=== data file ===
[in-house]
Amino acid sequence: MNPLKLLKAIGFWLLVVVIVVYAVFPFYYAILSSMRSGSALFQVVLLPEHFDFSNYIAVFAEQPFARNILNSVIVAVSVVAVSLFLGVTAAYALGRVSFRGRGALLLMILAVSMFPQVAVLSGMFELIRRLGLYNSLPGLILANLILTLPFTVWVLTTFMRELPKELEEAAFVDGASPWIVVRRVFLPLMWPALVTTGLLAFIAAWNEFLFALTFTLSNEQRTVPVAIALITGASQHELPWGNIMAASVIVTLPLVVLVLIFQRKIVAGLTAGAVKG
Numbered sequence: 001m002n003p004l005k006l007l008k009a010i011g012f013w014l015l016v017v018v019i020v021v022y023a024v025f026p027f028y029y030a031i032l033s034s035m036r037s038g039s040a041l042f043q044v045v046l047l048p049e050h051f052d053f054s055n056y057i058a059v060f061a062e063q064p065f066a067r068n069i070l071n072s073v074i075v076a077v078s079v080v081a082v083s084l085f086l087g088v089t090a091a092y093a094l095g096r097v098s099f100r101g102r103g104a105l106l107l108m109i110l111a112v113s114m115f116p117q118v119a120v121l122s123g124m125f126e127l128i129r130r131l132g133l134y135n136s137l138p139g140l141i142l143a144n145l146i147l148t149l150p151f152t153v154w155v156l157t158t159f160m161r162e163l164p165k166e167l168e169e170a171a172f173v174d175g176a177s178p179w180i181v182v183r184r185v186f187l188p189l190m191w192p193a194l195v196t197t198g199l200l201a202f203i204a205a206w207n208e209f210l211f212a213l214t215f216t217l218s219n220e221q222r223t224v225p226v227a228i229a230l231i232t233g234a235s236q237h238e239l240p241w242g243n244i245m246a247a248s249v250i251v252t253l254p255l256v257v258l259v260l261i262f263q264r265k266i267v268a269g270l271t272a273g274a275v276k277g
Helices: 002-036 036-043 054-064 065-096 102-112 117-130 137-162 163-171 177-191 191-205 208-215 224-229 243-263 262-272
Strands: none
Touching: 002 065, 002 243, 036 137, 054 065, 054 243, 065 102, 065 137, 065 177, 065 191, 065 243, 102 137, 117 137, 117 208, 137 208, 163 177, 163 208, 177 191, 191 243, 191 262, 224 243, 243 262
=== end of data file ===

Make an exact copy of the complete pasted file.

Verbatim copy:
[in-house]
Amino acid sequence: MNPLKLLKAIGFWLLVVVIVVYAVFPFYYAILSSMRSGSALFQVVLLPEHFDFSNYIAVFAEQPFARNILNSVIVAVSVVAVSLFLGVTAAYALGRVSFRGRGALLLMILAVSMFPQVAVLSGMFELIRRLGLYNSLPGLILANLILTLPFTVWVLTTFMRELPKELEEAAFVDGASPWIVVRRVFLPLMWPALVTTGLLAFIAAWNEFLFALTFTLSNEQRTVPVAIALITGASQHELPWGNIMAASVIVTLPLVVLVLIFQRKIVAGLTAGAVKG
Numbered sequence: 001m002n003p004l005k006l007l008k009a010i011g012f013w014l015l016v017v018v019i020v021v022y023a024v025f026p027f028y029y030a031i032l033s034s035m036r037s038g039s040a041l042f043q044v045v046l047l048p049e050h051f052d053f054s055n056y057i058a059v060f061a062e063q064p065f066a067r068n069i070l071n072s073v074i075v076a077v078s079v080v081a082v083s084l085f086l087g088v089t090a091a092y093a094l095g096r097v098s099f100r101g102r103g104a105l106l107l108m109i110l111a112v113s114m115f116p117q118v119a120v121l122s123g124m125f126e127l128i129r130r131l132g133l134y135n136s137l138p139g140l141i142l143a144n145l146i147l148t149l150p151f152t153v154w155v156l157t158t159f160m161r162e163l164p165k166e167l168e169e170a171a172f173v174d175g176a177s178p179w180i181v182v183r184r185v186f187l188p189l190m191w192p193a194l195v196t197t198g199l200l201a202f203i204a205a206w207n208e209f210l211f212a213l214t215f216t217l218s219n220e221q222r223t224v225p226v227a228i229a230l231i232t233g234a235s236q237h238e239l240p241w242g243n244i245m246a247a248s249v250i251v252t253l254p255l256v257v258l259v260l261i262f263q264r265k266i267v268a269g270l271t272a273g274a275v276k277g
Helices: 002-036 036-043 054-064 065-096 102-112 117-130 137-162 163-171 177-191 191-205 208-215 224-229 243-263 262-272
Strands: none
Touching: 002 065, 002 243, 036 137, 054 065, 054 243, 065 102, 065 137, 065 177, 065 191, 065 243, 102 137, 117 137, 117 208, 137 208, 163 177, 163 208, 177 191, 191 243, 191 262, 224 243, 243 262